DPT program classes to begin this summer with first graduating class expected in 2025

Students can graduate as soon as 2025 with a Doctorate of Physical Therapy, the first doctoral degree offered by Augustana. 

The first students, 20 of whom have already accepted their admissions offers, will start hybrid classes and labs in June of 2023. 

After approval by the higher learning commission and the Minnesota Board of Higher Education in 2019, the next step for the DPT program is national accreditation through the Commission on Accreditation in Physical Therapy Education, or CAPTE. 

According to program director Matt Volansky, the current admissions goal is 100 students per class. The program hopes to reach that number with rolling admissions, so students have no deadlines but rather can apply at any time and start after their acceptance. 

Five core faculty members are already on board, and another 13 are set to begin in 2023 when classes launch. Because the program is run primarily online, there are faculty members living in every US time zone across states like Florida, Colorado, Texas and Minnesota. 

“My attraction to Augie was based in part on the faculty and the program model,” Keiba Shaw, director of student affairs for the program, said. “I knew I would be joining an experienced faculty that would put forth maximum effort to ensure to the best of their abilities the success of the program.”

The hybrid doctoral program will take two years to complete instead of the typical three or four, Volansky said. Each student will take four to five online classes per semester, with classes being primarily synchronous.

Every six to eight weeks, students will have to travel to the National Sports Center in Blaine, Minnesota for hands-on labs. These labs will run for five to 13 days at a time.

“That’s really where a lot of this great learning happens because students have the opportunity to repetitively practice to get feedback, to make the mistakes that contribute to learning,” Andrea Mierau, director of clinical education for the program, said. 

Doctoral students will only have to be on Augustana’s campus twice according to Volansky: once for orientation and once for graduation. The purpose of the hybrid program is to encourage students to stay at home to study. The goal of this decision is so that students of the Upper Great Plains will stay in their rural areas to offer physical therapy healthcare to underserved communities.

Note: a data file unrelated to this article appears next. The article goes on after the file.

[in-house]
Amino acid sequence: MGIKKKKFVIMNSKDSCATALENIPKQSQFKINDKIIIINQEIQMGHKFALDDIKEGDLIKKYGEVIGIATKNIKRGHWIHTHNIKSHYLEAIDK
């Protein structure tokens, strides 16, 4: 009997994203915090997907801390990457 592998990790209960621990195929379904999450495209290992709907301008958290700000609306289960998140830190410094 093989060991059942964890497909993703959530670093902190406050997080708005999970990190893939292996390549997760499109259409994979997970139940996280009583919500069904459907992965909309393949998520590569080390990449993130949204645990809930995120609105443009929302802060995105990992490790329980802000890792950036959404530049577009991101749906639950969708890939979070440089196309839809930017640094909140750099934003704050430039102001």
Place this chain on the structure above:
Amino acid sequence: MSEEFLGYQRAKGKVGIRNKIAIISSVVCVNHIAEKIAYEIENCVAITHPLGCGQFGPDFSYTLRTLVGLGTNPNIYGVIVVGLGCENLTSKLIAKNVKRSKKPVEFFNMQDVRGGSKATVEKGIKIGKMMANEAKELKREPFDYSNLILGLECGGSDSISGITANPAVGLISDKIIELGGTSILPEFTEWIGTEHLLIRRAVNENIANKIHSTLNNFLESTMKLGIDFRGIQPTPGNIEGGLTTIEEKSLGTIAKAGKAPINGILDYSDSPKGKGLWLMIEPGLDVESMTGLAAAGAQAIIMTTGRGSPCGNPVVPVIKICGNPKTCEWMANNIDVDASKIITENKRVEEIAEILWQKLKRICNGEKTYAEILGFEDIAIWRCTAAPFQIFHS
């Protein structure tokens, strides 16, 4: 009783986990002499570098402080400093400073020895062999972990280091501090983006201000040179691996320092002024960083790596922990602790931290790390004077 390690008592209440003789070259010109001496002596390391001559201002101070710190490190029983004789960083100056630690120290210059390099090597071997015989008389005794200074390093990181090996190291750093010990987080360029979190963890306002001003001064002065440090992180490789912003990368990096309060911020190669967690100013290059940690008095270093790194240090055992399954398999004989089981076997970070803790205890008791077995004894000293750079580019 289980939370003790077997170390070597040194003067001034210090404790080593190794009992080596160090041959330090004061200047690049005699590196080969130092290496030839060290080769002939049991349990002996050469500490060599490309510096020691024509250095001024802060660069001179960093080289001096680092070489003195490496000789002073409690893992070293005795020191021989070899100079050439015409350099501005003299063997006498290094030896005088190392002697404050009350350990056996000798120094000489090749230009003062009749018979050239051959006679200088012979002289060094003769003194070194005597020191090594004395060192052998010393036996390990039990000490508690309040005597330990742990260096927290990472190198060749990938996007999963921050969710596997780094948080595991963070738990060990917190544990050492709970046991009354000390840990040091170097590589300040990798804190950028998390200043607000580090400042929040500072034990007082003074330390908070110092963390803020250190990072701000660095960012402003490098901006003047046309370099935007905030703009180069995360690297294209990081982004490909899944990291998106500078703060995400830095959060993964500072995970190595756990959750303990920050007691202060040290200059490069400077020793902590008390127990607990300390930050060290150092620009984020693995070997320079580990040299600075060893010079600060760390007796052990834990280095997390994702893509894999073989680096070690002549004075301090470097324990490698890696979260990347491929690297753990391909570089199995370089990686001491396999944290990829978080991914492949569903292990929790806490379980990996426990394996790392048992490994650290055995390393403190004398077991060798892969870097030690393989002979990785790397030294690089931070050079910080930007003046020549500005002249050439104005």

“It shows that Augustana and its values can reach beyond just Sioux Falls, that we can be a part of this campus community, even from an online, hybrid, didactic program,” Mierau said. 

Because this is an accelerated program, director of admissions Erika Nelson-Wong said students should expect to spend 40-50 hours per week on classes and homework. 

“It’s not for the fainthearted,” director of curriculum Alexis Ortiz said. “We are putting all that education into two years, so we are talking about a very intensive curriculum that will be like a typical workday schedule.”

Students also will have to go on to residency and fellowship for additional specifications. Still, Mireau said she can connect students with programs in their preferred field for their last two clinical rotations.

Instead of focusing on these specializations, Nelson-Wong said they want to graduate strong general practice physical therapists. The curriculum model focuses on newer areas of physical therapy, like telehealth, robotics and AI systems. 

“We as educators know that five or ten years from now, there are certain skill sets that a physical therapist is going to need to have,” Volansky said. 

President Stephanie Herseth Sandlin said there will be room in the future to create “advanced pathways” with current undergraduate programs, like exercise science and athletic training. She said the school might reserve spots for Augustana undergraduates or offer them early admission. 

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